Saturday, June 13, 2009

Investor Report: Undervalued Property

by Kenneth R. Harney

One of the keys to successful real estate investing has always been to buy undervalued property -- and avoid anything that's way overpriced.

Well, now a new study from the international consulting group IHS Global Insight has identified dozens of undervalued metropolitan markets - where household incomes, employment, population density and other factors - could support higher housing prices, but just aren't doing it at the moment.

Some of the most undervalued markets as of the first quarter of 2009, according to the new study, are formerly high-flying boom-era cities where prices soared and then crashed. They include:

  • Vero Beach, Florida, where prices are now 42.5percent below where they “should” be based on the underlying economics. You may recall that a few weeks ago, Realty Times reported on a New York investor, Larry Kestin of Glenmont Capital, who bought a mixed package of new houses and developed lots in Vero Beach for just under $9 million.

    At the height of the boom, that same real estate was appraised at $100 million, according to Kestin. So he came away with a bargain basement deal of about nine cents on the dollar in Vero Beach.

  • Also on the “most undervalued” list - Las Vegas, where today's $140,000 median house price is down drastically from the $290.000 median of the first quarter of 2006. Global Insight puts Las Vegas's overall market undervaluation today at 40.9 percent.

  • Then there's Fort Myers/Cape Coral, Florida. Once the hottest spot in the country during the boom for investors snapping up condos, Ft. Myers today is the foreclosure capital of the state. Its $119,000 median price in the first quarter contrasts with the $245,000 median just three years ago.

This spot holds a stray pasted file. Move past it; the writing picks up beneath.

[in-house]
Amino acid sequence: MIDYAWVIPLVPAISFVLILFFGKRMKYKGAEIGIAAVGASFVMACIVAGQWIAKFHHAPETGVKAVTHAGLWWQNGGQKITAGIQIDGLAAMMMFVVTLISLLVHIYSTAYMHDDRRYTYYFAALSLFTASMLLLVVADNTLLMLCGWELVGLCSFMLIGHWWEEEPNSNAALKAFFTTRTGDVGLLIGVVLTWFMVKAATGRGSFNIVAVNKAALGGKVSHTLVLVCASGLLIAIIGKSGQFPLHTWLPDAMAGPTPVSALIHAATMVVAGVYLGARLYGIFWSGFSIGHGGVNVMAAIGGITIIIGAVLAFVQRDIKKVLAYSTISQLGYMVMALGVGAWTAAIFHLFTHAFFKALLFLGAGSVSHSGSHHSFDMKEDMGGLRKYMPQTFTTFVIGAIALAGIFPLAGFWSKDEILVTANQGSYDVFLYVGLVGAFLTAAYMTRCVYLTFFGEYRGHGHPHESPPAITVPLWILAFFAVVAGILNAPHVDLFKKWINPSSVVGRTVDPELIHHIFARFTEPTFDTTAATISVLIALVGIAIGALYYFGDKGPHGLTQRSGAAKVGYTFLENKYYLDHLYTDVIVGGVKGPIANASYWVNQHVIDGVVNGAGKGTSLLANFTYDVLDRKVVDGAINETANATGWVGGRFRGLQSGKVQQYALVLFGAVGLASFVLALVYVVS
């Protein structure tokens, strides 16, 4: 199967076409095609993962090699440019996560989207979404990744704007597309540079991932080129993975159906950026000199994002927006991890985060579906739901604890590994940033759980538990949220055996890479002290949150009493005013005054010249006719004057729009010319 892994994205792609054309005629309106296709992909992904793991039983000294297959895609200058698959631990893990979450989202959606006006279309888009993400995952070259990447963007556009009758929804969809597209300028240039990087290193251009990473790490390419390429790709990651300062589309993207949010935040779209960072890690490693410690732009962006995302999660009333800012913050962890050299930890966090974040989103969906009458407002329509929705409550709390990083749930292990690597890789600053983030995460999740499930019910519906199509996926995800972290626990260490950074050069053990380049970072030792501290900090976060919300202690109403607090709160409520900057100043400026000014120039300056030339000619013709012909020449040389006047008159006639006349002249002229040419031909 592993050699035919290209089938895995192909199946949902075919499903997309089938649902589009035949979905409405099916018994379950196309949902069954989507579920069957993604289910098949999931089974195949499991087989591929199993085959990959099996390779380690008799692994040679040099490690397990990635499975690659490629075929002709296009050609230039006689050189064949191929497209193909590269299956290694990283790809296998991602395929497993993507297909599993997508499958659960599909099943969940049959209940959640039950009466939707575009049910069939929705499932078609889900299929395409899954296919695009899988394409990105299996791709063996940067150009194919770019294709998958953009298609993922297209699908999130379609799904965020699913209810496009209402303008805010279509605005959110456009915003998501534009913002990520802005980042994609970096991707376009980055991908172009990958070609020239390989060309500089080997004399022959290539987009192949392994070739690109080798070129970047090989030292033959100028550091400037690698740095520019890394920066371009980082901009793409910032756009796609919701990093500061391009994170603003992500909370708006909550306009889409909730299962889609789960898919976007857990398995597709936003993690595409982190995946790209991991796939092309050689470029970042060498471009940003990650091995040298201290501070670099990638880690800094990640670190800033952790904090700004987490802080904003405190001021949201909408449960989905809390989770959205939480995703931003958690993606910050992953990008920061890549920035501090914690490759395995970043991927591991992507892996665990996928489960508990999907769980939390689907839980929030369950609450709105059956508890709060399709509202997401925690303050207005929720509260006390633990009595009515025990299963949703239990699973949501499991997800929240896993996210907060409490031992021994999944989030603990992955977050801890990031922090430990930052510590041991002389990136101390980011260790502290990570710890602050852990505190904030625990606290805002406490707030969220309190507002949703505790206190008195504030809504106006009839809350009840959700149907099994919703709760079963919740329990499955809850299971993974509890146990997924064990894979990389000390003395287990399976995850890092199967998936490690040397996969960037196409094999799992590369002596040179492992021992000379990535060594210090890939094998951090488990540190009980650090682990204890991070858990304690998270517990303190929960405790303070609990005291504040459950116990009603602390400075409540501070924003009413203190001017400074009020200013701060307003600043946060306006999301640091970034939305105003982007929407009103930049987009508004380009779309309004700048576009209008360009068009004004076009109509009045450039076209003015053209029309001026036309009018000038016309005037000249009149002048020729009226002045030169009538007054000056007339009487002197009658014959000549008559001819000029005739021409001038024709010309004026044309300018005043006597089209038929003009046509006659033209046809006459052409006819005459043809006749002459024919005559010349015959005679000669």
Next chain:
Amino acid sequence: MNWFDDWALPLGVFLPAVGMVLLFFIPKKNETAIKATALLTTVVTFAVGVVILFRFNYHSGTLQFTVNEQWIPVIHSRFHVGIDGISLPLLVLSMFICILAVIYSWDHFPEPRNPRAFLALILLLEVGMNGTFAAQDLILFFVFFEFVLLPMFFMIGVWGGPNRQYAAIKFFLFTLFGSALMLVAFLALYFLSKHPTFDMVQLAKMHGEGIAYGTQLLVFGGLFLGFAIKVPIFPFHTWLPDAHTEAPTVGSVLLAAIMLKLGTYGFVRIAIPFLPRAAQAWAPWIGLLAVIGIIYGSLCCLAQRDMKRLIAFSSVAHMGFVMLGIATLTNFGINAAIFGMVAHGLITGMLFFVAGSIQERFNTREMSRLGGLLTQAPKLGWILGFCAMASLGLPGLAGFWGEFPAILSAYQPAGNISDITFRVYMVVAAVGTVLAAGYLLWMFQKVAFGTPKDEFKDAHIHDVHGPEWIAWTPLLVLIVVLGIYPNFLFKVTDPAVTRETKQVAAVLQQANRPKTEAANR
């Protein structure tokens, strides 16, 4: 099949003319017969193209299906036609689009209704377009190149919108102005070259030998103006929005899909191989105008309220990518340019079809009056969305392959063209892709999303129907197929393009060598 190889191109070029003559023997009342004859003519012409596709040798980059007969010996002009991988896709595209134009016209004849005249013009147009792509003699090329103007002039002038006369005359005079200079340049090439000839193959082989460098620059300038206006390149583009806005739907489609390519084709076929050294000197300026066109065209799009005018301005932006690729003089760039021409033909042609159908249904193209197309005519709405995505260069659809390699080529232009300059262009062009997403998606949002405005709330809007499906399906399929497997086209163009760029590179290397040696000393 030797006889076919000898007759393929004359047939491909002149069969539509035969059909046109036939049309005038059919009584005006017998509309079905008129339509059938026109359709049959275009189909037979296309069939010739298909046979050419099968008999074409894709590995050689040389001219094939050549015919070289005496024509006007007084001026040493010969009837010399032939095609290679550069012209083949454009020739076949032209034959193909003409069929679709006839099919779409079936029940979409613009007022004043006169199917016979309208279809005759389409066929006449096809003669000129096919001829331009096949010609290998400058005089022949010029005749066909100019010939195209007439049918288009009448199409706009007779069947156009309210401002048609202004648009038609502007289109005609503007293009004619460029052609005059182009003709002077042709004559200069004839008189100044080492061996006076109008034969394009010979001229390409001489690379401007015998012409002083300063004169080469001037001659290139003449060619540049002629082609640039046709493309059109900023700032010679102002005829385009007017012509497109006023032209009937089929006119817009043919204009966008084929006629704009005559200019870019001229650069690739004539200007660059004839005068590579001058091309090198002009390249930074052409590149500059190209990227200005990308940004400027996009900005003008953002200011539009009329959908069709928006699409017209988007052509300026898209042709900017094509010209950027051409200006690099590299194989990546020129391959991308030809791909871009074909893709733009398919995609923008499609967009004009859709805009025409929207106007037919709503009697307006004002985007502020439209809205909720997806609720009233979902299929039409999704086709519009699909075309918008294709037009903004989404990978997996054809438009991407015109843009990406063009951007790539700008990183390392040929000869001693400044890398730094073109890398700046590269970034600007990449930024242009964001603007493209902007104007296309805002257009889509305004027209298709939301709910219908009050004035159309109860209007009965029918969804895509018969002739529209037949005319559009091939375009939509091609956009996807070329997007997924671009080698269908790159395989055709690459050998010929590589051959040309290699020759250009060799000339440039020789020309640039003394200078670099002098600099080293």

• Naples Florida, just down the west cost from Ft. Myers, is rated 33 percent undervalued by Global Insight. Its current $200,000 median price is about half of what it was in 2006 -- $392,000.

  • Reno, Nevada is rated 26 percent undervalued based on its underlying economic fundamentals. Today's median is $179,000 compared with a roaring $324,500 three years ago.

  • Finally, San Francisco, believe it or not, is on sale - undervalued by 25 percent, according to Global Insight researchers. Back in 2006, the median house price in San Francisco topped $811,000. Today it's “just” $578,000.

    Now, not all undervalued markets are boom to bust, high-volatility sorts of places.

    High on Global Insight's list are two big markets that in recent years missed the wild appreciation of the boom, and have only experienced modest price deflation: Houston, which is 36.9 percent undervalued -- and Dallas, where median prices are about 32 percent below what the market fundamentals could actually support.

Published: June 12, 2009

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